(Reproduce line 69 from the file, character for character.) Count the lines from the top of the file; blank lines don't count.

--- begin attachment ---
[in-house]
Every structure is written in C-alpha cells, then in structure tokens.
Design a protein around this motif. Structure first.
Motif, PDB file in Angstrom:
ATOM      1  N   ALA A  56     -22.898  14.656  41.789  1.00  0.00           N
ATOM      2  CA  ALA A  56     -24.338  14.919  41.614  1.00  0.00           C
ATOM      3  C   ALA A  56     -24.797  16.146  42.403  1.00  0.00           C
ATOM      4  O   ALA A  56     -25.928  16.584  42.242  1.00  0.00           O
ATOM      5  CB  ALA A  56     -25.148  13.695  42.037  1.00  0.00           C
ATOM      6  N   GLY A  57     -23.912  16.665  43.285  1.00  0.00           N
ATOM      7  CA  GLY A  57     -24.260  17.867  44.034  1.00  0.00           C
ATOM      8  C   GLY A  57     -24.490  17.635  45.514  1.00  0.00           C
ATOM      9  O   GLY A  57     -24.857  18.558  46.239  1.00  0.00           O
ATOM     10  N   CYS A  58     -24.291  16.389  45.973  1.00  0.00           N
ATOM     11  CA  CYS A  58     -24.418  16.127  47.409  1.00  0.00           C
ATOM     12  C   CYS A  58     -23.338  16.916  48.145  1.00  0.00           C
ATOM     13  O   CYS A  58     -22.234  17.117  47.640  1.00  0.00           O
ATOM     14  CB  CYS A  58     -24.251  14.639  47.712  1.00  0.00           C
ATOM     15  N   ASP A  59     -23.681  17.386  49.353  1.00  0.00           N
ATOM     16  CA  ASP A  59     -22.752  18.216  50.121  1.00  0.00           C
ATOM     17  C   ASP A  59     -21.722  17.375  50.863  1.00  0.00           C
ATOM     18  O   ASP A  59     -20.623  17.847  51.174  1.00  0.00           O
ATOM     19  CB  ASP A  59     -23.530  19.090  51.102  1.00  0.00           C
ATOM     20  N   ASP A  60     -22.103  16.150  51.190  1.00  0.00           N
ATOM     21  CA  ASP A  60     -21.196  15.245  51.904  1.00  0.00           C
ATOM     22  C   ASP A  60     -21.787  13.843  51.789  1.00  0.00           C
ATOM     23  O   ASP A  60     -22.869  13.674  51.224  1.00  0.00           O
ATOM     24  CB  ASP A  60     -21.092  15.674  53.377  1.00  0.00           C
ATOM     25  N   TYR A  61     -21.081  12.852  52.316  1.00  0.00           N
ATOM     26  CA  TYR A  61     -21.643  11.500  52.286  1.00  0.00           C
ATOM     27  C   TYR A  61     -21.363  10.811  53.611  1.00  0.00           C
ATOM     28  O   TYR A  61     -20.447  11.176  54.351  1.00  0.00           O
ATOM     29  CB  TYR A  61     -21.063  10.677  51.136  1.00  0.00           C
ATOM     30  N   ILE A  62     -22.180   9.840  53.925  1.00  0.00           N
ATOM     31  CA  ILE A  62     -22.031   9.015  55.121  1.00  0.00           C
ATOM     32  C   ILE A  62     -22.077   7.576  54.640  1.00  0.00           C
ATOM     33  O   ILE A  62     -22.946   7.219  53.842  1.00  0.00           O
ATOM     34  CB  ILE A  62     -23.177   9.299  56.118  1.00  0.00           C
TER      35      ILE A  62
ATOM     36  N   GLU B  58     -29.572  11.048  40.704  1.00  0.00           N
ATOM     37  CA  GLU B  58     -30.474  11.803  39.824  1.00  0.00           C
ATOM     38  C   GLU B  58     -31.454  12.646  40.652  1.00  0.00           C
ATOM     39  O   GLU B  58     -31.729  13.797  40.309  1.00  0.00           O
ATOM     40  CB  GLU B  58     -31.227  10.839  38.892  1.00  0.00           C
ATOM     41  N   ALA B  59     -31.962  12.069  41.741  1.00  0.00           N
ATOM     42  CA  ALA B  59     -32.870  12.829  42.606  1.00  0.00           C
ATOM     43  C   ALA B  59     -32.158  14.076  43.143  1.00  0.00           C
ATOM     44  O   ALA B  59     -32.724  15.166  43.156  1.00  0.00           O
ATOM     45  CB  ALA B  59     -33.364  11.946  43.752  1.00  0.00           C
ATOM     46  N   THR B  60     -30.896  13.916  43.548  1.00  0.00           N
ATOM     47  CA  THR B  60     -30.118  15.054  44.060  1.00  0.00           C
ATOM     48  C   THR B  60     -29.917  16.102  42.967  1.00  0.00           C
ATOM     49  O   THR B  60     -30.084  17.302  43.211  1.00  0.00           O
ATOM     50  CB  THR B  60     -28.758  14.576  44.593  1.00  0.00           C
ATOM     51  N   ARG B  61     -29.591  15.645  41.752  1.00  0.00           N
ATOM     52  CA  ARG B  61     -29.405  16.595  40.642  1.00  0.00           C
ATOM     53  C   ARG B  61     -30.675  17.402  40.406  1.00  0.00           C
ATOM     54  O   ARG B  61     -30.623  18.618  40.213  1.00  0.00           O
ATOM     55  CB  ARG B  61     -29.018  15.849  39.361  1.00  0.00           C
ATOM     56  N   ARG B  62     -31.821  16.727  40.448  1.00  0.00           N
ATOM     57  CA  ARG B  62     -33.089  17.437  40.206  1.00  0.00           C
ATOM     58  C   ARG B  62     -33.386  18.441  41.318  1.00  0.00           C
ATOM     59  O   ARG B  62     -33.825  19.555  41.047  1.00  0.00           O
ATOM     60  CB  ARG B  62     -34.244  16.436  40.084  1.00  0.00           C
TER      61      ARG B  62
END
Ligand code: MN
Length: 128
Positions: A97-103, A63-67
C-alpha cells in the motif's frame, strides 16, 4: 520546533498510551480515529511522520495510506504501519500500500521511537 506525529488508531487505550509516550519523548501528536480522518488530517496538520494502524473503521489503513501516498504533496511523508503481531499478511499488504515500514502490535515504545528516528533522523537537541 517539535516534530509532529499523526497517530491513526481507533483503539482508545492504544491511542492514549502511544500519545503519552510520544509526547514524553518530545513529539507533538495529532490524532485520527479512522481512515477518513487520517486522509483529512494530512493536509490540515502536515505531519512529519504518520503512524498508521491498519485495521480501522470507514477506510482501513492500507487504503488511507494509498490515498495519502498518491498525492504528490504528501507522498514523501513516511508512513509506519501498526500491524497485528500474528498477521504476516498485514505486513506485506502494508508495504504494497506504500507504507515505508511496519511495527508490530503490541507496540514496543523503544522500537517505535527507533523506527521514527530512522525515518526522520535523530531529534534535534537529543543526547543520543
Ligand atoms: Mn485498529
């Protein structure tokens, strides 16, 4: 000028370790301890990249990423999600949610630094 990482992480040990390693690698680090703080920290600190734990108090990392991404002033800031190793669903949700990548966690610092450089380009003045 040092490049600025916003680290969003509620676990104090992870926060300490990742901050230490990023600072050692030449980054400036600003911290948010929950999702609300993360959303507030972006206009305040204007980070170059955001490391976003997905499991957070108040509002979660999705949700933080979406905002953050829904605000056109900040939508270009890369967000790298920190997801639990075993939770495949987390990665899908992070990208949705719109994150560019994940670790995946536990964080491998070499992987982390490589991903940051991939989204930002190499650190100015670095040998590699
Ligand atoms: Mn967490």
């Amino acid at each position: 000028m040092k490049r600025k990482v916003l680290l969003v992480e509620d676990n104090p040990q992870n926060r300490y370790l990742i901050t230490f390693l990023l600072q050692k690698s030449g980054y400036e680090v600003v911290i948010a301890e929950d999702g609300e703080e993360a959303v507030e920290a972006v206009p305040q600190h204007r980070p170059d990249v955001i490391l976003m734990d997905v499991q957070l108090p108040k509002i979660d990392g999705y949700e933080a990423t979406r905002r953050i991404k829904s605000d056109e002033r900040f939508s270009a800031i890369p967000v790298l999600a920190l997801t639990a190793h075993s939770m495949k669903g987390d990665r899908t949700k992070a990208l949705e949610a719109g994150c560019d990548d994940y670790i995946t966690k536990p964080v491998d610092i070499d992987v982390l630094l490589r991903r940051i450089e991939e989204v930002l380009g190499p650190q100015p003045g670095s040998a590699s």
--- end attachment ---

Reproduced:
Positions: A97-103, A63-67